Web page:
Hello, long time no see. Today Loren Rhoads is here with us to talk about California wildfires and the new anthology put together in order raise funds for relief efforts, Tales for the Campfire. Loren is a fellow writer and editor in the horror genre. You may have seen her here on Hook of a Book before talking about cemeteries and their hauntings. She’s a Bram Stoker nominated editor and is best known as an author, I think, for her 199 Cemeteries to Visit Before You Die. Recently, she compiled/edited an anthology for charity called Tales for the Campfire in hopes of helping those in need from the wildfires in California.
One day, her local California Horror Writers Association chapter asked what they could do to ease the suffering of people who lost everything to the fire: pets, livestock, vehicles, homes, friends, family members, businesses, livelihoods, their entire community. HWA member Ben Monroe suggested that they put together an anthology of stories to raise money for the relief effort.
The rest of how it came together, you’ll read about near the bottom of the article, but first you’ll learn about how devastating wildfires are to those in places like California and just from a small little spark or campfire or dry season. I hope you’ll find the article as interesting as I did! And scary!
If you’re touched to help, you’ll find the links to purchase the anthology below too. Please spread the word for a good cause. Thanks for stopping by!
by Loren Rhoads, author and editor of Tales for the Campfire
One summer while I lived in Ann Arbor, I found my friend Jeff glued to the 24-hour news channel. His parents’ house, atop a hill in Los Altos Hills, California, had been on TV. I’d spent spring break there one year. It was a lovely house, full of art his parents had collected on their trips around the world: a gracious, welcoming place, with views all around it.
The house stood near an open space preserve, where Jeff had once seen a bobcat. Deer often wandered his parents’ neighborhood. Red-tailed hawks circled overhead.
Jeff had seen his parents’ house on TV because a wildfire was racing across the open grassland. Only one road led into his parents’ neighborhood — and it was blocked by firetrucks that could not drive into the narrow hiking paths of the nature preserve.
Jeff’s dad had left for work early that day. Jeff’s mom was trapped at home, watching the smoke boiling up over her house. She planned to jump into the pool if the fire came. While she waited, she was spraying the citrus trees and rosebushes with a garden hose, trying to wet everything down so it wouldn’t catch a spark. Luckily, in the end, the fire was extinguished before it reached the houses.
That was my first experience with fire season in California. I didn’t even live in California yet.
One morning while we were in Paris to celebrate my birthday, my husband picked up an International Herald Tribune. A paragraph-long report said that wildfire raged through Oakland, California, the city across the bay from our new home in San Francisco.
We scoured the city to find a copy of the San Francisco Chronicle. The photos showed smoke towering miles high over the Oakland Hills. The hillside houses looked like matchboxes in comparison.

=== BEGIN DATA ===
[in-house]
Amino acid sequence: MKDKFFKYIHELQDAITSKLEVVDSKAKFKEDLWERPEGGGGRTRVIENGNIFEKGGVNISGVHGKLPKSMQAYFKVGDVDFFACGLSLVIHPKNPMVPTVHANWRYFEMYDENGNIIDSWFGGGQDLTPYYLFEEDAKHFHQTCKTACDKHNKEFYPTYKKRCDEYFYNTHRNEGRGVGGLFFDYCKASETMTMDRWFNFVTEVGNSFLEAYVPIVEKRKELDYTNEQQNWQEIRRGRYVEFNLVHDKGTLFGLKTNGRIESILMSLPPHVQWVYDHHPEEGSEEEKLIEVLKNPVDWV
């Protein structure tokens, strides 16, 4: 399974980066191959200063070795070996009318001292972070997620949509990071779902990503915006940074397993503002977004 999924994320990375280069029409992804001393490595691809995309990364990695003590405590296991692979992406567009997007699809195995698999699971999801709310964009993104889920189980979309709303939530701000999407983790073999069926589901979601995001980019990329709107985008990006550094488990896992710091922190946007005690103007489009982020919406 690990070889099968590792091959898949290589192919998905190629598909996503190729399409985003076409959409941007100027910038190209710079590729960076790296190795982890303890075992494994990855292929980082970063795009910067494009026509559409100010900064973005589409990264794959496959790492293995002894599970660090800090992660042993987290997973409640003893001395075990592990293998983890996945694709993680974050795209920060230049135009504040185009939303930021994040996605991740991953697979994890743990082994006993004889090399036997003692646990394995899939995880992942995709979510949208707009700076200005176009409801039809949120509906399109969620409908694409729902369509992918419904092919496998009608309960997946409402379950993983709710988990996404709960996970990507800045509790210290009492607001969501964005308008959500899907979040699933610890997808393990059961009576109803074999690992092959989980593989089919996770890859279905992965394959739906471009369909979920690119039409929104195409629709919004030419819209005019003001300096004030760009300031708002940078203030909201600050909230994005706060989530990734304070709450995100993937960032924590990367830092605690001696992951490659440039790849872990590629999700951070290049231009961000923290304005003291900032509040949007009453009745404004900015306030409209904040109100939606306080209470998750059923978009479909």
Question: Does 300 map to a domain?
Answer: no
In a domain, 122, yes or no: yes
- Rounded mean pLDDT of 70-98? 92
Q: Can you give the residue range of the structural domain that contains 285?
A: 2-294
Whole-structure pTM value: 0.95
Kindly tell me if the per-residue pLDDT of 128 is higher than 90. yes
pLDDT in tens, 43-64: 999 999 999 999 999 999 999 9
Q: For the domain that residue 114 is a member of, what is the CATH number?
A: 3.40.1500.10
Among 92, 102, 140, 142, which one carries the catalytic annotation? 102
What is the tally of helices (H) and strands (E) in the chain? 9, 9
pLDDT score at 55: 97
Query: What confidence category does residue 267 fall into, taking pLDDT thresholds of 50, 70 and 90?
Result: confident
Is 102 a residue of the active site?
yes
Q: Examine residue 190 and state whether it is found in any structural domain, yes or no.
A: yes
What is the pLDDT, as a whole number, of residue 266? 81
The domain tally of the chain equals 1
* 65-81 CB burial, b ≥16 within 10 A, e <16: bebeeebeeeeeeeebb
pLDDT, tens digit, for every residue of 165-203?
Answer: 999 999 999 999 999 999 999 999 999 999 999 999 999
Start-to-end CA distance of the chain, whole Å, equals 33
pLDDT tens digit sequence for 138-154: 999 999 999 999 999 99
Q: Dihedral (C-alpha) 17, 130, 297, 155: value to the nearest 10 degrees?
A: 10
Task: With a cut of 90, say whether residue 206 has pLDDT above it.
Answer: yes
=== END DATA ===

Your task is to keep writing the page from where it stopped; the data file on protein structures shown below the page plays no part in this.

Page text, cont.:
When we returned from our trip, friends who lived in Oakland told us about the fire. One friend in the Rockridge neighborhood had evacuated. Mike lived not far from Mountain View Cemetery, which lay between his home and the fire. He hoped the graveyard would provide a firebreak. For days he lived on a friend’s sofa, calling his own home phone over and over. As long as the answering machine picked up, he knew his house remained standing.
In October 2017, I woke in the night and smelled smoke. There was only a tickle in the air, but something, somewhere, was burning. I looked out all the windows, but didn’t see an orange glow in the sky. Wind rampaged around the house. I slept fitfully on the sofa for the rest of the night.
In the morning, the news reported a fire far away in Lake County. It expanded as it spread into Napa County. Another fire started in neighboring Sonoma County. The fires were more than 70 miles away. I didn’t know smoke could travel that far.
In her home in Santa Rosa, California, my friend Kim packed the most important things in her life and prepared to evacuate. She spent days sheltering in a local high school gym. The power had gone off at her home, so she didn’t even have the reassurance of calling the answering machine.
At first, no one could really believe that a city could burn down. Unlike Los Altos Hills, there was no massive grassy park nearby. Unlike the Oakland Hills, Kim didn’t live in an overgrown neighborhood with winding roads too narrow for firetrucks. She lived in a suburban neighborhood, in a grid of streets.
In the end, Kim’s home escaped the fire. Neighborhoods surrounding hers weren’t so lucky. She drove through the devastation to find her house still standing. Although she’d closed the windows before she fled, everything inside her home was covered with fine grit — the ashes of trees and homes and wildlife and 22 people. More than 5600 structures were destroyed by the Tubbs Fire.